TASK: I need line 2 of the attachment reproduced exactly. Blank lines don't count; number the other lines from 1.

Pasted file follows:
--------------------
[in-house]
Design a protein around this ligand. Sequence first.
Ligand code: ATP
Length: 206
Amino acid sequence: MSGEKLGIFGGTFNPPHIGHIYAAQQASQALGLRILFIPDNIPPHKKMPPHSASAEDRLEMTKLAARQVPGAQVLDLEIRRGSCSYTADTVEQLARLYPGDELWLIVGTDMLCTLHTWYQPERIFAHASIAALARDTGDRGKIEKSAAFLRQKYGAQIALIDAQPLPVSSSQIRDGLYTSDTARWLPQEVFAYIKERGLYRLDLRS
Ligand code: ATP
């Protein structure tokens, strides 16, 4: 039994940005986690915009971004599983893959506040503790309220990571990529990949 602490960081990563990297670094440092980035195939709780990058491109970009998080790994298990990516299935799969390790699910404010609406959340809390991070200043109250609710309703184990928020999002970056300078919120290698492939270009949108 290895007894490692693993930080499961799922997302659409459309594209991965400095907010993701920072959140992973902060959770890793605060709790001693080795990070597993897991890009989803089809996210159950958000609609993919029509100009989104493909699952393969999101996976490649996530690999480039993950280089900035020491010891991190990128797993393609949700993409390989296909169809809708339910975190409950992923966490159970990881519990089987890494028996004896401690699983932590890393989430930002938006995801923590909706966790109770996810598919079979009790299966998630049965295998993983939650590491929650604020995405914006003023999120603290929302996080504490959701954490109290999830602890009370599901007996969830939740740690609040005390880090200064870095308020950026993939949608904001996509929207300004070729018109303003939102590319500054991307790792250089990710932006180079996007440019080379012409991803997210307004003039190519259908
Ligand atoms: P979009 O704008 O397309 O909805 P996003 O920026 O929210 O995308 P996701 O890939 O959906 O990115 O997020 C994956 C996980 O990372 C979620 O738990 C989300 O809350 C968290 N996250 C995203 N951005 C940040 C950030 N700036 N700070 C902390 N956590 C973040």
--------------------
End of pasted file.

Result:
Design a protein around this ligand. Sequence first.